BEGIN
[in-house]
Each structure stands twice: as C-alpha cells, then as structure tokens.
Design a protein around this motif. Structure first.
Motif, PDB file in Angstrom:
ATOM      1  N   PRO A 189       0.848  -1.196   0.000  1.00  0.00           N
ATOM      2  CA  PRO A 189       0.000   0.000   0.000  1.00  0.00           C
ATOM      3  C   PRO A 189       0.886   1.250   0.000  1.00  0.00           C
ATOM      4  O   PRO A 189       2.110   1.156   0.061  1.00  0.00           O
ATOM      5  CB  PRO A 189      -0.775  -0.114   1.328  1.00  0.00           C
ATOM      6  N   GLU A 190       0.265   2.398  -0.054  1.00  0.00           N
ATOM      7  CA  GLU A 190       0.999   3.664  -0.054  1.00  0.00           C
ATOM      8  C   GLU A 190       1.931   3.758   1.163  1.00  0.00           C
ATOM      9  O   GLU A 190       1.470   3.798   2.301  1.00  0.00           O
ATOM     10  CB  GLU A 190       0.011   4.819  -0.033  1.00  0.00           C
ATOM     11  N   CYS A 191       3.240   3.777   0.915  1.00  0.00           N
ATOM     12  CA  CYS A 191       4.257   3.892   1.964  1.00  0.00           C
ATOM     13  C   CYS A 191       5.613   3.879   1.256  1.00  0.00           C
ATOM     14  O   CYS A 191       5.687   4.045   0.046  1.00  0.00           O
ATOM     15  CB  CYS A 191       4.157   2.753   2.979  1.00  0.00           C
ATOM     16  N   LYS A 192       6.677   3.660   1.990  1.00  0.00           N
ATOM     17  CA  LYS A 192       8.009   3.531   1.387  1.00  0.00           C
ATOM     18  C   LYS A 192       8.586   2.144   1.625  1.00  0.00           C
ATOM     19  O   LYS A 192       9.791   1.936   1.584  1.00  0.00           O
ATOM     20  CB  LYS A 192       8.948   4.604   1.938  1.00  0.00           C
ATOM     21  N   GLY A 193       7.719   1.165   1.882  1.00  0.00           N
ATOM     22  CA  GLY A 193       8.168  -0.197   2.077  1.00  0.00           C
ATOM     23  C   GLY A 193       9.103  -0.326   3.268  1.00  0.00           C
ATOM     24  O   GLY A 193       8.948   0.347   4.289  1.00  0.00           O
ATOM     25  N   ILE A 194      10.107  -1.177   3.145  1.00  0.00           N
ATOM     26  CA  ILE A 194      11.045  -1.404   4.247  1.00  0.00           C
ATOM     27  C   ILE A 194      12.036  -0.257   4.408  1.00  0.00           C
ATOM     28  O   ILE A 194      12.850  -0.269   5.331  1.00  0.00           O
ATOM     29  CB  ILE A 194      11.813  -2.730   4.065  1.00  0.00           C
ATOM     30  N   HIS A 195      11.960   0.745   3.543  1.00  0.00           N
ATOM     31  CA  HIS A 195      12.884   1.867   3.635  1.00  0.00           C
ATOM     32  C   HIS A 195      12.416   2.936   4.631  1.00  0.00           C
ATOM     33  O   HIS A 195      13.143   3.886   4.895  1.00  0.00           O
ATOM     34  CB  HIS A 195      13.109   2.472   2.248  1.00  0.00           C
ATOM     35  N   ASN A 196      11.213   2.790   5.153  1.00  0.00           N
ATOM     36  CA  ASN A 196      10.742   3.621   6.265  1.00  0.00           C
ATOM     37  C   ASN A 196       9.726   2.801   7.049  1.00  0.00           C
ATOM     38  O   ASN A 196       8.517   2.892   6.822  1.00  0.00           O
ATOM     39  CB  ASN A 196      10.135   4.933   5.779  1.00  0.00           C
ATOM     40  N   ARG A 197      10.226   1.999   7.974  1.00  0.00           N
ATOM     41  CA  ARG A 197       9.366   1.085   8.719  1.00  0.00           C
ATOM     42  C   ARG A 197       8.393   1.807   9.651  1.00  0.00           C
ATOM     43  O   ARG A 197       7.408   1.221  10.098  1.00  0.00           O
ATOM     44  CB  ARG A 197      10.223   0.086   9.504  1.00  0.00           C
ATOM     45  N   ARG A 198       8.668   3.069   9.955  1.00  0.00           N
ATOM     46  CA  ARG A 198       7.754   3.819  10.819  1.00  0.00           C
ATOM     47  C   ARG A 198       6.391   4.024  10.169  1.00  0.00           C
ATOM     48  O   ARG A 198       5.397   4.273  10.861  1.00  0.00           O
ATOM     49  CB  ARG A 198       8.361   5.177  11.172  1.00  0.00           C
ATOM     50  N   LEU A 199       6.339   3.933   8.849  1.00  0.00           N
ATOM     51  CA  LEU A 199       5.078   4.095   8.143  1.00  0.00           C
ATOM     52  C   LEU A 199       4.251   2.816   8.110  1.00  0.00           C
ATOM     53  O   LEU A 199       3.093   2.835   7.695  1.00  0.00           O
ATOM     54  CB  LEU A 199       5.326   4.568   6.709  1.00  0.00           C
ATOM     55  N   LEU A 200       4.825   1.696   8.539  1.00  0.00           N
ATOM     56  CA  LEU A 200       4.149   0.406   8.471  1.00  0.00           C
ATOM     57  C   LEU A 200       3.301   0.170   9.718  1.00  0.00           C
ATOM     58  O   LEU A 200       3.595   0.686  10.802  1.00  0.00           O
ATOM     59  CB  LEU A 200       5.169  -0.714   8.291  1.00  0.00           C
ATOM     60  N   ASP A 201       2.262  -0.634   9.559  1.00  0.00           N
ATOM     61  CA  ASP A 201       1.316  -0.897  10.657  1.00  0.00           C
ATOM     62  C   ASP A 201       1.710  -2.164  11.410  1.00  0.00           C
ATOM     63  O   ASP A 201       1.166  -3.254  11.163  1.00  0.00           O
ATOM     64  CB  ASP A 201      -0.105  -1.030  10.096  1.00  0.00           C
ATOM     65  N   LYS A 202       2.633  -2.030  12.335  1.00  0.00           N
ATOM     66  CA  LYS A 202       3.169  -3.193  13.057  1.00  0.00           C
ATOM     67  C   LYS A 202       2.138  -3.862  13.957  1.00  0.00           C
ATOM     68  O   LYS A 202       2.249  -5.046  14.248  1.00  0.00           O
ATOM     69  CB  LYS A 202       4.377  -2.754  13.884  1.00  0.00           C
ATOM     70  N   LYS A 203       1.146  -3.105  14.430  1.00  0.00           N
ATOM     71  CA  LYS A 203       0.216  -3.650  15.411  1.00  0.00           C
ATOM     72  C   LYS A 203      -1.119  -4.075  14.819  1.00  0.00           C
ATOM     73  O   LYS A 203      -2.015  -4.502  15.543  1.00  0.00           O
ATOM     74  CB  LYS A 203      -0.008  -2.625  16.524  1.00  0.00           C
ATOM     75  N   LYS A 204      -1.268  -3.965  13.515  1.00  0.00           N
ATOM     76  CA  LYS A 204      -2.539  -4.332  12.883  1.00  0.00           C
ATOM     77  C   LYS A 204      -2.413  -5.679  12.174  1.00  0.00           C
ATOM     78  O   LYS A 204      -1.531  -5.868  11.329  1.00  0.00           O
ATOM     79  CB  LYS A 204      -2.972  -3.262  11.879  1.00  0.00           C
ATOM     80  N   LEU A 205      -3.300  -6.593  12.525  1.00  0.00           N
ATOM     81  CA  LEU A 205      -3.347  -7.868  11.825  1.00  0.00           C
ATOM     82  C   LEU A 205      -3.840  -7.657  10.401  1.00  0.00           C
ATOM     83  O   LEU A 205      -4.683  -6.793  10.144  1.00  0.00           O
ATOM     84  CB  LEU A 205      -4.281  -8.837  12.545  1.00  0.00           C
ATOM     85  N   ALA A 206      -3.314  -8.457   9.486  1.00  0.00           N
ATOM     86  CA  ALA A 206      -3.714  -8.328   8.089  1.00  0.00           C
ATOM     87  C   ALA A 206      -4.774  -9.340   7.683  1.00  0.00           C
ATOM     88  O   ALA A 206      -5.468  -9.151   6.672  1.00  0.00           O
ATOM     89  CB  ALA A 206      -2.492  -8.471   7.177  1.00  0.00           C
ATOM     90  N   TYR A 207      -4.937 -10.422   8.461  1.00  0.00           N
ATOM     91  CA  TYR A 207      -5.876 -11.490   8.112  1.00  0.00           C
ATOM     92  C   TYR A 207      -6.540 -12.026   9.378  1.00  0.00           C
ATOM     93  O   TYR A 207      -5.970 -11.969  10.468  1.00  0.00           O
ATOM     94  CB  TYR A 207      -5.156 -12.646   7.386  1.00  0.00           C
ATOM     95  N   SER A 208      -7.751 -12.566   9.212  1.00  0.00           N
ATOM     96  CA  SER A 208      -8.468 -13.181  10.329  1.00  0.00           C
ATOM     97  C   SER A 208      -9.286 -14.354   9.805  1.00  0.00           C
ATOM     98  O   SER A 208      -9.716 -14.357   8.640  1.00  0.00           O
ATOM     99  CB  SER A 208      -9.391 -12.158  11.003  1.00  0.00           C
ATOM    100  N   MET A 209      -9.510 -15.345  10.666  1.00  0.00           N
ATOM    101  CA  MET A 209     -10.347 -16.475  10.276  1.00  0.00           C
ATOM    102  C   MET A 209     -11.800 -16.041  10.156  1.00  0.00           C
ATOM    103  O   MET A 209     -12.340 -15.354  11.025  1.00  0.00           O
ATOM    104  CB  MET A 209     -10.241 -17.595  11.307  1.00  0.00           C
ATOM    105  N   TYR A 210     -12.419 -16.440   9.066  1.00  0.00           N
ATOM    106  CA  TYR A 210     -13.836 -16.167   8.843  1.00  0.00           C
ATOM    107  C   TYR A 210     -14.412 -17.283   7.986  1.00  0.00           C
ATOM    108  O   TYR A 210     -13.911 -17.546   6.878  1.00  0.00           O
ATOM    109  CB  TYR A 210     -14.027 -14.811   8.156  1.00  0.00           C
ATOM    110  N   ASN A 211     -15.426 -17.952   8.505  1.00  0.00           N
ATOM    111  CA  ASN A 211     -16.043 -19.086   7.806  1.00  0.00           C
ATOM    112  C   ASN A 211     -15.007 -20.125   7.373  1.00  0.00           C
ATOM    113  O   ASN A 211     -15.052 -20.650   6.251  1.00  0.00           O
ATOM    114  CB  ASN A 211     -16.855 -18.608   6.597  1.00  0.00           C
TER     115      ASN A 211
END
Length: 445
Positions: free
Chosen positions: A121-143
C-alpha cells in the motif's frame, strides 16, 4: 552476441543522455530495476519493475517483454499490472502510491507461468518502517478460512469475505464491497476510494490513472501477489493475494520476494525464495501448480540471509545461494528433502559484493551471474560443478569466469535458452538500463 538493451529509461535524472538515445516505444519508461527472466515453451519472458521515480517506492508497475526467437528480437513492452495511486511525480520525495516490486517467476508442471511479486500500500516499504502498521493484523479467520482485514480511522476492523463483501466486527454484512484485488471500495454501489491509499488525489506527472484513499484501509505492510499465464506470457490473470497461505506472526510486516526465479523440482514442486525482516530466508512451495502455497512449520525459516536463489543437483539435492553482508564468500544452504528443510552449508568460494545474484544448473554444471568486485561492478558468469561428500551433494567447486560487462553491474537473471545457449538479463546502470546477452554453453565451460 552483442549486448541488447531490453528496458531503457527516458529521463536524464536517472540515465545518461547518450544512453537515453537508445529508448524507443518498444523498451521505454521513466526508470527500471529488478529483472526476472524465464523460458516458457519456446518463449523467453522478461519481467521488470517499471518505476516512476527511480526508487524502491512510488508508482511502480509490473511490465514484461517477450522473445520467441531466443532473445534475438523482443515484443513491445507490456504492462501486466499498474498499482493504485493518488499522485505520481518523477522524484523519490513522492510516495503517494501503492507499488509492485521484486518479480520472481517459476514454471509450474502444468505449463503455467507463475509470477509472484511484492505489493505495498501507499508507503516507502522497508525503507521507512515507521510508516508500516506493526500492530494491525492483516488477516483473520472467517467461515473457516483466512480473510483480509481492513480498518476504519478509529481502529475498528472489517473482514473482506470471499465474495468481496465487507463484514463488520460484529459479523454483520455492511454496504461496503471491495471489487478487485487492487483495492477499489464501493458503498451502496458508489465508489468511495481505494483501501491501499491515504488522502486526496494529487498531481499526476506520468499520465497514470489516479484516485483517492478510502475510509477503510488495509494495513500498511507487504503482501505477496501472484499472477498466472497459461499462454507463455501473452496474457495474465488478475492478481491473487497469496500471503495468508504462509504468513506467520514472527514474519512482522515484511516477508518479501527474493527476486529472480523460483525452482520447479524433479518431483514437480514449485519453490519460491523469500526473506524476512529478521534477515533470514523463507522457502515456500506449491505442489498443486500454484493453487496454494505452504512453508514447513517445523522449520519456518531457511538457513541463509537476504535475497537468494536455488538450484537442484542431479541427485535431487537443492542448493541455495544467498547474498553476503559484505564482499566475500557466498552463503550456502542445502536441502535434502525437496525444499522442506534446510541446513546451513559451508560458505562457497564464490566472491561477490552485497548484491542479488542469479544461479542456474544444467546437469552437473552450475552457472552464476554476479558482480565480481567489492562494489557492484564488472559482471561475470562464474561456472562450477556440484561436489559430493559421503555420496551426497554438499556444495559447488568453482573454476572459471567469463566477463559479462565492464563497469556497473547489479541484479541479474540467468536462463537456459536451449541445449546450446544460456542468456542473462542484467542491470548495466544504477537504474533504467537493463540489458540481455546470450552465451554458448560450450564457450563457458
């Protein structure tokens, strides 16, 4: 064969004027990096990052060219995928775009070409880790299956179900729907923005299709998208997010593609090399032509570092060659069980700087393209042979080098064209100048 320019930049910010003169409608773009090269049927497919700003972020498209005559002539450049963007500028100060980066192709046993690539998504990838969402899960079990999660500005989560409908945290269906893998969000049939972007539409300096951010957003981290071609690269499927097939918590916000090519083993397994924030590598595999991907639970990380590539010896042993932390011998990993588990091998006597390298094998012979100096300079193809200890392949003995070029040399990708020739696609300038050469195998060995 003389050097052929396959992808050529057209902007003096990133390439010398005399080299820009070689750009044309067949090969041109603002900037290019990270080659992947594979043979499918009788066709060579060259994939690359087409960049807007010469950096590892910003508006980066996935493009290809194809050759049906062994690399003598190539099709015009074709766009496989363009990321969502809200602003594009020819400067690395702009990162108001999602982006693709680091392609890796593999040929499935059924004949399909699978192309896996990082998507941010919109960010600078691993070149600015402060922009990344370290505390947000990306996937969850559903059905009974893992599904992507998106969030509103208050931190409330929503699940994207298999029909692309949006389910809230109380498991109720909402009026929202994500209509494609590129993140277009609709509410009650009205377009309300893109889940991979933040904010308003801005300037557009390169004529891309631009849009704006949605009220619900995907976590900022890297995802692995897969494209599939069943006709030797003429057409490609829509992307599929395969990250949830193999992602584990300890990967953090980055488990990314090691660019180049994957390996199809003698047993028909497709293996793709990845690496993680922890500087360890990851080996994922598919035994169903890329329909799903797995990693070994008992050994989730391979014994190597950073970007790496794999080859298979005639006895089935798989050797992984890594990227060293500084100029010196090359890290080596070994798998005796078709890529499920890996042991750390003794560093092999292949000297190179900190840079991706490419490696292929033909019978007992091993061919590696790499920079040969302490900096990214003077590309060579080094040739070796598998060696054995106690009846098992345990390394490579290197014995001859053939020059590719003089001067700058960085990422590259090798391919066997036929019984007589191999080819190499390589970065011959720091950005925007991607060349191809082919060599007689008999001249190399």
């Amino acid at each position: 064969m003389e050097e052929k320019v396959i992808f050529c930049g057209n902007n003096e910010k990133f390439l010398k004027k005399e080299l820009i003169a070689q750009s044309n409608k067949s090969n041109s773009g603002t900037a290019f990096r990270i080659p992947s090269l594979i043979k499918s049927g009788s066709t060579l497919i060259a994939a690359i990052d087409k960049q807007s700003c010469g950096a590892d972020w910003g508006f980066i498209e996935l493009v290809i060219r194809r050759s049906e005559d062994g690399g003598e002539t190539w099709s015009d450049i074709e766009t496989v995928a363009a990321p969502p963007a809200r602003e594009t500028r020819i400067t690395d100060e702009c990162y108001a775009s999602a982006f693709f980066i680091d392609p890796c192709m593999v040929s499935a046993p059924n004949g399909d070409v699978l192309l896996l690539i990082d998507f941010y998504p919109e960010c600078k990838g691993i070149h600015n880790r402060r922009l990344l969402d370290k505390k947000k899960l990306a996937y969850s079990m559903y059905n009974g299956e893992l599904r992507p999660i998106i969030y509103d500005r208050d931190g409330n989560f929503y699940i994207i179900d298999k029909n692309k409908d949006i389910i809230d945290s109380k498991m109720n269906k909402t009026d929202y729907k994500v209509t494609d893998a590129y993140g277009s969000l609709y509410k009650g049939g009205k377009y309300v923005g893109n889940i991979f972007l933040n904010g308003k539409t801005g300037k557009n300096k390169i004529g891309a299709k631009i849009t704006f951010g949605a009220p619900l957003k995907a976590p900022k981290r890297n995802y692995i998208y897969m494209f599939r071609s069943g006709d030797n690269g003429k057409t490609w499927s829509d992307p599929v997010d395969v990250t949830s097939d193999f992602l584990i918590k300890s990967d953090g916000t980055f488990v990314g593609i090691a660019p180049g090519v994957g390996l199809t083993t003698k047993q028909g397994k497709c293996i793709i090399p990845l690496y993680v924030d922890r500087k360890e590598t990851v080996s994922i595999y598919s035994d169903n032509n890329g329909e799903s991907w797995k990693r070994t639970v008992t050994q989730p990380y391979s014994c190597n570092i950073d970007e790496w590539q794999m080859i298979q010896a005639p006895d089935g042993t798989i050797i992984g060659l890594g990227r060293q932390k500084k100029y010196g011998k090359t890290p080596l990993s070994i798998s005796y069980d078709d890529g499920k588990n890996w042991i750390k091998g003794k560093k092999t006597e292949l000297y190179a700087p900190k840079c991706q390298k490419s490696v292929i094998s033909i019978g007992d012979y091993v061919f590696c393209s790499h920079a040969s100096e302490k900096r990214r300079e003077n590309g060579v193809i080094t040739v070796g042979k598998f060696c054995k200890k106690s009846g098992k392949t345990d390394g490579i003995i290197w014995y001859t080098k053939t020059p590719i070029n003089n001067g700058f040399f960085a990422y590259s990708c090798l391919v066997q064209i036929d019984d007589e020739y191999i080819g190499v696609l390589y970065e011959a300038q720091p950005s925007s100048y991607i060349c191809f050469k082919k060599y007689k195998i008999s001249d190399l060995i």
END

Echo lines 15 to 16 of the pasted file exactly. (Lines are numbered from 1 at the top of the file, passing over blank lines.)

ATOM     11  N   CYS A 191       3.240   3.777   0.915  1.00  0.00           N
ATOM     12  CA  CYS A 191       4.257   3.892   1.964  1.00  0.00           C